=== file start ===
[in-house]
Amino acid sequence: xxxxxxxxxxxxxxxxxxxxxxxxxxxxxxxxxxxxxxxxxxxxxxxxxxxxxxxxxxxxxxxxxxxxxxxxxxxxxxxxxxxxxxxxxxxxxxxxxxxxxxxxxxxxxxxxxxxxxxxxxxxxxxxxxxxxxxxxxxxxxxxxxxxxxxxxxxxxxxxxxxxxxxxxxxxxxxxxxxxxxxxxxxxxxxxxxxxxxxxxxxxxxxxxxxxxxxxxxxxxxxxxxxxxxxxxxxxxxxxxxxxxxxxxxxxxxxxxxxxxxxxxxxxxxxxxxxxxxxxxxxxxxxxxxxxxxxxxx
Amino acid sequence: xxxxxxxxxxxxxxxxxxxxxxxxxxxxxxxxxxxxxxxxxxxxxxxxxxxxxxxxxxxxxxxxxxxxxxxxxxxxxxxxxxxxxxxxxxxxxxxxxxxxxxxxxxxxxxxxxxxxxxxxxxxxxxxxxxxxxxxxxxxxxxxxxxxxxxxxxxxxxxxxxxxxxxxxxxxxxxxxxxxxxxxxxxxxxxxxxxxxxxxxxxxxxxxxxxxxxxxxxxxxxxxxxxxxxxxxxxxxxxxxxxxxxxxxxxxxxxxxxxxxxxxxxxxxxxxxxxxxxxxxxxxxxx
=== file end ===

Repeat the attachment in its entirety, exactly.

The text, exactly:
[in-house]
Amino acid sequence: xxxxxxxxxxxxxxxxxxxxxxxxxxxxxxxxxxxxxxxxxxxxxxxxxxxxxxxxxxxxxxxxxxxxxxxxxxxxxxxxxxxxxxxxxxxxxxxxxxxxxxxxxxxxxxxxxxxxxxxxxxxxxxxxxxxxxxxxxxxxxxxxxxxxxxxxxxxxxxxxxxxxxxxxxxxxxxxxxxxxxxxxxxxxxxxxxxxxxxxxxxxxxxxxxxxxxxxxxxxxxxxxxxxxxxxxxxxxxxxxxxxxxxxxxxxxxxxxxxxxxxxxxxxxxxxxxxxxxxxxxxxxxxxxxxxxxxxxx
Amino acid sequence: xxxxxxxxxxxxxxxxxxxxxxxxxxxxxxxxxxxxxxxxxxxxxxxxxxxxxxxxxxxxxxxxxxxxxxxxxxxxxxxxxxxxxxxxxxxxxxxxxxxxxxxxxxxxxxxxxxxxxxxxxxxxxxxxxxxxxxxxxxxxxxxxxxxxxxxxxxxxxxxxxxxxxxxxxxxxxxxxxxxxxxxxxxxxxxxxxxxxxxxxxxxxxxxxxxxxxxxxxxxxxxxxxxxxxxxxxxxxxxxxxxxxxxxxxxxxxxxxxxxxxxxxxxxxxxxxxxxxxxxxxxxxxx